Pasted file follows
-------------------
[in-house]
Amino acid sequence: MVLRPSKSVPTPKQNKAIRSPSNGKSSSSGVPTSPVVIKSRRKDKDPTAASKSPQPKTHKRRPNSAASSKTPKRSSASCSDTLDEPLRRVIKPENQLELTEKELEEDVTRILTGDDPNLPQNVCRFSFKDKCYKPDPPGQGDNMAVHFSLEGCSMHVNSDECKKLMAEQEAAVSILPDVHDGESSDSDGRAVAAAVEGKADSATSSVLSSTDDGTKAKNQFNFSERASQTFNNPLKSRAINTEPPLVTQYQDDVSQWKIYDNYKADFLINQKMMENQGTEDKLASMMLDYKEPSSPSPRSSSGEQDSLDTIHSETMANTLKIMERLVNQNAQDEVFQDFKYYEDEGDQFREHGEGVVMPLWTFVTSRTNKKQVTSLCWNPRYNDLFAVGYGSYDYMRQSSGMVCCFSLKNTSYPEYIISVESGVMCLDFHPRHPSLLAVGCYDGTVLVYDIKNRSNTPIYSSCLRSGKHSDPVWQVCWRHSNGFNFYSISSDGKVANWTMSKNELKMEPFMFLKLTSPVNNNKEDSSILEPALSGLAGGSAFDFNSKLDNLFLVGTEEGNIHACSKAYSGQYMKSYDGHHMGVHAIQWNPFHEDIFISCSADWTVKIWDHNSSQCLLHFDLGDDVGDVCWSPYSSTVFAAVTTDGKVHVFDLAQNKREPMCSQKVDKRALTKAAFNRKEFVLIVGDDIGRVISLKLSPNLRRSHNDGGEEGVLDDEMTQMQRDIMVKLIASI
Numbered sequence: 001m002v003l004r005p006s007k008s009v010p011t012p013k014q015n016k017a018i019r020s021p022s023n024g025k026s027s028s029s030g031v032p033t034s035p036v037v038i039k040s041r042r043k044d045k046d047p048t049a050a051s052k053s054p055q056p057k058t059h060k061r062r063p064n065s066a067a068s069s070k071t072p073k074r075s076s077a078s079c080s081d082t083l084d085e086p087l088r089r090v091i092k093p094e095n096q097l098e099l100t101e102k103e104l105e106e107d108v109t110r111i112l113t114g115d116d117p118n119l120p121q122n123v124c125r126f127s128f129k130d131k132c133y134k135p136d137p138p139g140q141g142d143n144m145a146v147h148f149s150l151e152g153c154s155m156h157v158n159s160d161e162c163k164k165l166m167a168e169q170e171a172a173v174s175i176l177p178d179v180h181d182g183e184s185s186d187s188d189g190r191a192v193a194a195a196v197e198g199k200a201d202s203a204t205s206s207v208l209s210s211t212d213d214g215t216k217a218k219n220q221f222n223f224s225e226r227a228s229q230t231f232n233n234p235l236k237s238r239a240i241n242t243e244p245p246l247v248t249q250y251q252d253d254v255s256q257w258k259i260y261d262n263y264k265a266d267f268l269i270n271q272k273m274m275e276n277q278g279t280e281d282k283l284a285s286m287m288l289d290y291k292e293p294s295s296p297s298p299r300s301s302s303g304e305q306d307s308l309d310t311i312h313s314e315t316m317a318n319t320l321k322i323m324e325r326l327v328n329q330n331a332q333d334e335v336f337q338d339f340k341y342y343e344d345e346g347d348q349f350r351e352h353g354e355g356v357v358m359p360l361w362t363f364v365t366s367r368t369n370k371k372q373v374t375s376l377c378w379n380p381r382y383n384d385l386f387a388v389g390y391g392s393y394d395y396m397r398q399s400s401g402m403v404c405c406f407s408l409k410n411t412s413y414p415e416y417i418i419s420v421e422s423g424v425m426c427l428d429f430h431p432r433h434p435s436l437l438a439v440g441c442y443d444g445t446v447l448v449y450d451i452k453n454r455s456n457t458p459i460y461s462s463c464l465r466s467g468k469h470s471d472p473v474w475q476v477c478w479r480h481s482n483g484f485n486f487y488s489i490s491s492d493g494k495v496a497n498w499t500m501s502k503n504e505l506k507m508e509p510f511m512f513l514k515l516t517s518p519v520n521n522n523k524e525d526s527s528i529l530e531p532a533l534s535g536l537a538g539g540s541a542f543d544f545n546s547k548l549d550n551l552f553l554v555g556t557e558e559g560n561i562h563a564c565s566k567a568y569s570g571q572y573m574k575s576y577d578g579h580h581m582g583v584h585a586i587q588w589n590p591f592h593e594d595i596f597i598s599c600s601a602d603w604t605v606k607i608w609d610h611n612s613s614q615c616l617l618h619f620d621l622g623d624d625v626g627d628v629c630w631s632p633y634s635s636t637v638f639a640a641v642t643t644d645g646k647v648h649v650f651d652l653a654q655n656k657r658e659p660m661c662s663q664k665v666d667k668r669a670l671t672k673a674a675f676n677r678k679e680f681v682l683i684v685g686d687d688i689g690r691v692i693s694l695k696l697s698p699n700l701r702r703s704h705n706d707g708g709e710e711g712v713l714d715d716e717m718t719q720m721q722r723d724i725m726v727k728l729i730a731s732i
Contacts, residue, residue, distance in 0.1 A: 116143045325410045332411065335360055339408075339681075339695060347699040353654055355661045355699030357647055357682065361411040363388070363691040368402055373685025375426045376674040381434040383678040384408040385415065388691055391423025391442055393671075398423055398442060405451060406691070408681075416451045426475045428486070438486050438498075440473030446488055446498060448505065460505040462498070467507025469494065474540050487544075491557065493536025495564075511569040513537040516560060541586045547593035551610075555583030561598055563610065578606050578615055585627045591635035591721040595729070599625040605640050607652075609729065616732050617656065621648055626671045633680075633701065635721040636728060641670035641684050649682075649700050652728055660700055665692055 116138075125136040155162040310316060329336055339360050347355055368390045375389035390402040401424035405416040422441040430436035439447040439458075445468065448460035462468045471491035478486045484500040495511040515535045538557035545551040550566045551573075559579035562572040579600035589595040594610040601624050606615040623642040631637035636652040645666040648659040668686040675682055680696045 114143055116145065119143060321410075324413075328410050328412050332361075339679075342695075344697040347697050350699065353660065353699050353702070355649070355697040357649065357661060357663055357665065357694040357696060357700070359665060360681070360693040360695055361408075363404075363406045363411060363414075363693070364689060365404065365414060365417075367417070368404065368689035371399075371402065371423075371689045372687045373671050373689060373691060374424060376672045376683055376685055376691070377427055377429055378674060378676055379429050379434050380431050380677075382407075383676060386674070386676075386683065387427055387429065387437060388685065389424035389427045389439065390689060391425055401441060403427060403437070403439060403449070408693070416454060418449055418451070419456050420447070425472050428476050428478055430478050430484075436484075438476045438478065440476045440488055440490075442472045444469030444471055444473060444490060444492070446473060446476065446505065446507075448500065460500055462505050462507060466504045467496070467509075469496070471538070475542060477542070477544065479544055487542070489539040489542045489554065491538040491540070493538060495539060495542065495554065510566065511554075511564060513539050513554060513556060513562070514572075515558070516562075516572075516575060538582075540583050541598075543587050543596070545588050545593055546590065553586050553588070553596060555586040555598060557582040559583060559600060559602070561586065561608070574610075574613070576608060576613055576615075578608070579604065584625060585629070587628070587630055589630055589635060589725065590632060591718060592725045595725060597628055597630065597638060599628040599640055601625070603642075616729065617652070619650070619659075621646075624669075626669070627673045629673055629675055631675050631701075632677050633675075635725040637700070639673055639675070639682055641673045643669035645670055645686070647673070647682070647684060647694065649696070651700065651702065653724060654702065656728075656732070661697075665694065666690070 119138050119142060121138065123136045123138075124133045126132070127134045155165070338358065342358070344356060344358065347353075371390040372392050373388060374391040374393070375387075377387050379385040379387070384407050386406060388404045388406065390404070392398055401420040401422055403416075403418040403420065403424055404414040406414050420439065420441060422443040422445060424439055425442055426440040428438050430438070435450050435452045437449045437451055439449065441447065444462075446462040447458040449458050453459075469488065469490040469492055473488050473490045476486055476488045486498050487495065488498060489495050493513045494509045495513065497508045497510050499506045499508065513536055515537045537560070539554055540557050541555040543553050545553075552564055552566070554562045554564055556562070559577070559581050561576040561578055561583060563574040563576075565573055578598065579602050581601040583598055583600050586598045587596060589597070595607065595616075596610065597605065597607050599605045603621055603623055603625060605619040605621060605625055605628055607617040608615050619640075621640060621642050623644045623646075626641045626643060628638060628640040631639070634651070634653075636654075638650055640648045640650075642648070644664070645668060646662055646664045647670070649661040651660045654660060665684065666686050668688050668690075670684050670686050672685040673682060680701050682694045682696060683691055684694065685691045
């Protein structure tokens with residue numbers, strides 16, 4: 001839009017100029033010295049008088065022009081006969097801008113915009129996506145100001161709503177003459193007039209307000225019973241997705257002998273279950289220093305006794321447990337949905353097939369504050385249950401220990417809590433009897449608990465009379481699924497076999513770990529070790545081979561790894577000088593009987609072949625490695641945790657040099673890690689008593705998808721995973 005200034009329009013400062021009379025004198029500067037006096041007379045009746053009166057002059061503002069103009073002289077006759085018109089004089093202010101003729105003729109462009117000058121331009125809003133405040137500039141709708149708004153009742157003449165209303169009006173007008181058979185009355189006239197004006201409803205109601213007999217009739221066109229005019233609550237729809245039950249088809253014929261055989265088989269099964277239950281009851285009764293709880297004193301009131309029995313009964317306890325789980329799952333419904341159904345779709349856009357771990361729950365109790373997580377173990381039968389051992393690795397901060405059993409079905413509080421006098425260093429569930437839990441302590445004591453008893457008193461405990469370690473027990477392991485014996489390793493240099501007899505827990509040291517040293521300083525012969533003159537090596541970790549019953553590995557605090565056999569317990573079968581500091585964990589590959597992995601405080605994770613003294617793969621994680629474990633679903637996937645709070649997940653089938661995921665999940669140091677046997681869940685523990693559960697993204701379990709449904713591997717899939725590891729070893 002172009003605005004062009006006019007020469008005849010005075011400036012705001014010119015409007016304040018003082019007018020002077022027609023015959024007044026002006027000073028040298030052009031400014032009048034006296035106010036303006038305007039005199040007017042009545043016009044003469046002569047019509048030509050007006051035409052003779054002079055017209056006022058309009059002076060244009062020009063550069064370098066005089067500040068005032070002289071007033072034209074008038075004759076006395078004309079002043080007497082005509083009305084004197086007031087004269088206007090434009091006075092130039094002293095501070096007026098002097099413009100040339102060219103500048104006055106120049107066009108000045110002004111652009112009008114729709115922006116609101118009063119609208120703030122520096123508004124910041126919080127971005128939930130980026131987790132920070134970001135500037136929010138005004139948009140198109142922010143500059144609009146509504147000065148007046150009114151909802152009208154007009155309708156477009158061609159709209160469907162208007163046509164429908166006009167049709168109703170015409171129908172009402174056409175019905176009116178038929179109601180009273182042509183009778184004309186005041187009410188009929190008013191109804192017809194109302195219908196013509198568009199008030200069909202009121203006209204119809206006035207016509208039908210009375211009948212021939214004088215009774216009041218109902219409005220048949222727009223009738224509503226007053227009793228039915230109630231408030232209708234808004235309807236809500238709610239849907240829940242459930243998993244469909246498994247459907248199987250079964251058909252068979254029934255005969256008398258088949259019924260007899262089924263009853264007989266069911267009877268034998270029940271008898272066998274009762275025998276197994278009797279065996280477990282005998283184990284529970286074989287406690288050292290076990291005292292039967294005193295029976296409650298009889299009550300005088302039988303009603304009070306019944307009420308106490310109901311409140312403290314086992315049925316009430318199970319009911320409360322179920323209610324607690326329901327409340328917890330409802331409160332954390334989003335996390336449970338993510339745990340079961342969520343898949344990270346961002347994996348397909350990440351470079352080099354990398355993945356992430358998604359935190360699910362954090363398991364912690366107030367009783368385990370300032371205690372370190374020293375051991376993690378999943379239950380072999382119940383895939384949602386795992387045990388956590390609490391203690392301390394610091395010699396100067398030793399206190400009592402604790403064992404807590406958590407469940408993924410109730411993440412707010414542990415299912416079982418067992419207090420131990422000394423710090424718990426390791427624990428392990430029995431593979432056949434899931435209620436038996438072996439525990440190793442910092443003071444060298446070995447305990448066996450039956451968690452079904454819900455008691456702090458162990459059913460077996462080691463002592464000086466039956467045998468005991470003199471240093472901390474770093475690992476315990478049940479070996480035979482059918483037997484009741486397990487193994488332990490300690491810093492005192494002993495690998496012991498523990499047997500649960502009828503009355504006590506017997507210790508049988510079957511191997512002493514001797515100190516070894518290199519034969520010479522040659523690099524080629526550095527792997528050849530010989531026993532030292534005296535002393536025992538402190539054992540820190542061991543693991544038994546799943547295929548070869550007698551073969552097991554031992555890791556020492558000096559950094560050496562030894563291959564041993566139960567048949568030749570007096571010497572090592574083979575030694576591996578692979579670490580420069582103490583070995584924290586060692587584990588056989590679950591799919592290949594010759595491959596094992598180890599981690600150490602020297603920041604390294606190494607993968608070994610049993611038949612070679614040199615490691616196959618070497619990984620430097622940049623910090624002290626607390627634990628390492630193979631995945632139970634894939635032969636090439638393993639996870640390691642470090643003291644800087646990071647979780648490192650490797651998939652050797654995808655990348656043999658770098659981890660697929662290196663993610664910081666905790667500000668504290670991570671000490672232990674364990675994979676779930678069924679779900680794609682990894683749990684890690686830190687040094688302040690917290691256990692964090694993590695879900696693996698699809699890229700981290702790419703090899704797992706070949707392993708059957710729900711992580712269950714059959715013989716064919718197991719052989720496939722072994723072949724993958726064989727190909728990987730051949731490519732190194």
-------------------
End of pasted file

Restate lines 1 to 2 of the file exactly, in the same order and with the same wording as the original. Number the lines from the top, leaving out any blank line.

[in-house]
Amino acid sequence: MVLRPSKSVPTPKQNKAIRSPSNGKSSSSGVPTSPVVIKSRRKDKDPTAASKSPQPKTHKRRPNSAASSKTPKRSSASCSDTLDEPLRRVIKPENQLELTEKELEEDVTRILTGDDPNLPQNVCRFSFKDKCYKPDPPGQGDNMAVHFSLEGCSMHVNSDECKKLMAEQEAAVSILPDVHDGESSDSDGRAVAAAVEGKADSATSSVLSSTDDGTKAKNQFNFSERASQTFNNPLKSRAINTEPPLVTQYQDDVSQWKIYDNYKADFLINQKMMENQGTEDKLASMMLDYKEPSSPSPRSSSGEQDSLDTIHSETMANTLKIMERLVNQNAQDEVFQDFKYYEDEGDQFREHGEGVVMPLWTFVTSRTNKKQVTSLCWNPRYNDLFAVGYGSYDYMRQSSGMVCCFSLKNTSYPEYIISVESGVMCLDFHPRHPSLLAVGCYDGTVLVYDIKNRSNTPIYSSCLRSGKHSDPVWQVCWRHSNGFNFYSISSDGKVANWTMSKNELKMEPFMFLKLTSPVNNNKEDSSILEPALSGLAGGSAFDFNSKLDNLFLVGTEEGNIHACSKAYSGQYMKSYDGHHMGVHAIQWNPFHEDIFISCSADWTVKIWDHNSSQCLLHFDLGDDVGDVCWSPYSSTVFAAVTTDGKVHVFDLAQNKREPMCSQKVDKRALTKAAFNRKEFVLIVGDDIGRVISLKLSPNLRRSHNDGGEEGVLDDEMTQMQRDIMVKLIASI